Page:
Policy & Outreach

"When you are afraid, when you are angry, when you allow a fear and anger to shape policies, you will abuse other human beings, you will treat people unfairly and you will create injustice."

Bryan Stevenson

About Policy & Outreach

The Policy & Outreach Division is the agency’s public face outside of courtrooms, handling the agency’s media and social media, legislation, and administrative policy. The Division also serves as the main point of contact for county indigent defense systems and oversees reimbursement to the counties. Policy & Outreach is responsible for enforcing the Ohio Public Defender Commission’s standards and the agency’s guidelines.

County Assessment & Reimbursement

The County Assessment & Reimbursement Program processes payments to reimburse counties for the operation of their indigent defense systems. These systems include county public defender offices, court-appointed counsel systems, and contracts with not-for-profit organizations.
More information about the County Assessment & Reimbursement Program can be found on our website Reimbursement Section.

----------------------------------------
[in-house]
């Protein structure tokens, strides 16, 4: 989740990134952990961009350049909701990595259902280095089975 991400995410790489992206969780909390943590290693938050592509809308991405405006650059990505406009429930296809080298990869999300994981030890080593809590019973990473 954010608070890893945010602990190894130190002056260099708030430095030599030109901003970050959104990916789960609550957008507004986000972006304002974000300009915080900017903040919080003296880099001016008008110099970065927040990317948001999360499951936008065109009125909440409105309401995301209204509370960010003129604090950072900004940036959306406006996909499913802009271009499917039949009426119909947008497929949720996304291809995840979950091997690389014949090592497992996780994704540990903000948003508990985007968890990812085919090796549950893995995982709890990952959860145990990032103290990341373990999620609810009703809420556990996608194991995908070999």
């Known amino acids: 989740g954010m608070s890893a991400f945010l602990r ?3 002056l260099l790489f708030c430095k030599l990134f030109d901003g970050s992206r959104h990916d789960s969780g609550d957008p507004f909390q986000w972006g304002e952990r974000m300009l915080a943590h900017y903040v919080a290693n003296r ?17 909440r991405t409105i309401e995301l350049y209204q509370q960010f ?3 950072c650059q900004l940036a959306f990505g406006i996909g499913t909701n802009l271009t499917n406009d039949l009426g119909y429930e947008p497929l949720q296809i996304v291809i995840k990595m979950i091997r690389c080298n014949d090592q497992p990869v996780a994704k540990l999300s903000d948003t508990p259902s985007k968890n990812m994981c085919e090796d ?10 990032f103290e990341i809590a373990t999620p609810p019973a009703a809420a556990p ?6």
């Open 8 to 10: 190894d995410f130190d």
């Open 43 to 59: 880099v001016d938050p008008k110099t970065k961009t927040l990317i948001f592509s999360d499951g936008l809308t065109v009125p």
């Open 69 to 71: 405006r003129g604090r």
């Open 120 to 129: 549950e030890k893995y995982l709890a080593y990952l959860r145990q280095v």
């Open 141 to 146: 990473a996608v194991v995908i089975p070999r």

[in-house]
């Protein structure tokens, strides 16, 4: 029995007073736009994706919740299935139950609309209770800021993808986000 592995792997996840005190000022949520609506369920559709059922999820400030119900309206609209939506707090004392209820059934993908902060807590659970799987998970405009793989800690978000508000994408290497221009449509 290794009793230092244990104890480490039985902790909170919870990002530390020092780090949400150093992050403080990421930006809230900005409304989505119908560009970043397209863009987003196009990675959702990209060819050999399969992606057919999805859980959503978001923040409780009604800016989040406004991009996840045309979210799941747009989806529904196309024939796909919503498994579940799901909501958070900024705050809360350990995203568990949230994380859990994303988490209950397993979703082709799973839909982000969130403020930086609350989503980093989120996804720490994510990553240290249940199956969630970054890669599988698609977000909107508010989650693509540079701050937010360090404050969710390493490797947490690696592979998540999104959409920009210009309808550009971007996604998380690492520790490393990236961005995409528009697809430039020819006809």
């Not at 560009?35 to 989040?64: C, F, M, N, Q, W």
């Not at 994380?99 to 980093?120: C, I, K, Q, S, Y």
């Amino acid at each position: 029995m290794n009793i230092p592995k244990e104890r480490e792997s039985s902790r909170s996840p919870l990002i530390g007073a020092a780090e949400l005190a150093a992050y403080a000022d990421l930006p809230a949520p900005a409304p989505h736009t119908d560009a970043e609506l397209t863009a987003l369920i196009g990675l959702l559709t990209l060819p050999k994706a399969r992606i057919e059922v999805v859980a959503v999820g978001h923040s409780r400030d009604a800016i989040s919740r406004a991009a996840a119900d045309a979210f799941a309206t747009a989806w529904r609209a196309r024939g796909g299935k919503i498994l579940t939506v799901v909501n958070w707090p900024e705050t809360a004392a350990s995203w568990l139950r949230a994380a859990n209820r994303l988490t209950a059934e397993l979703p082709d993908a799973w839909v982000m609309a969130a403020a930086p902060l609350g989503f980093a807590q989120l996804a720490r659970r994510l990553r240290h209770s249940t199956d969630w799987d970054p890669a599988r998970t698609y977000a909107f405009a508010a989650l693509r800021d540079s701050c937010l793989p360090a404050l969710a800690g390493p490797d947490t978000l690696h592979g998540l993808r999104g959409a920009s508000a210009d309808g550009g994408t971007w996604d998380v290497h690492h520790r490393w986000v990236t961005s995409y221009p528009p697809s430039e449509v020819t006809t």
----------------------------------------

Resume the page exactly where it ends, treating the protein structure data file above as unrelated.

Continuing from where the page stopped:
Ohio Administrative Code

The Ohio Public Defender Commission substantially revised Chapter 120 of the Ohio Administrative Code, effective December 1, 2015. The new OAC can be found online here.
Pursuant to Ohio Administrative Code section 120-1-10, appointed counsel must meet the following requirements to qualify for state reimbursement:
Adult Appeals                  
Juvenile Cases                  
An attorney who does not meet the training and experience requirements of OAC 120-1-10 may request an exemption from the Ohio Public Defender Commission for exceptional circumstances. Attorneys seeking an exemption should complete the Exceptional Circumstances Exemption Request form below. The form includes instructions and more information on how exemption requests are considered.

OPD Standards of Representation

These standards promote quality representation and uniformity of practice throughout Ohio for attorneys who represent juveniles in delinquency cases and adults in criminal cases. The standards were written with the difficulties of day-to-day practice in mind, but also with the goal of improving the quality of representation. While adjustments may be necessary to apply these standards in practice, jurisdictions should strive to meet their fundamental principles and spirit.
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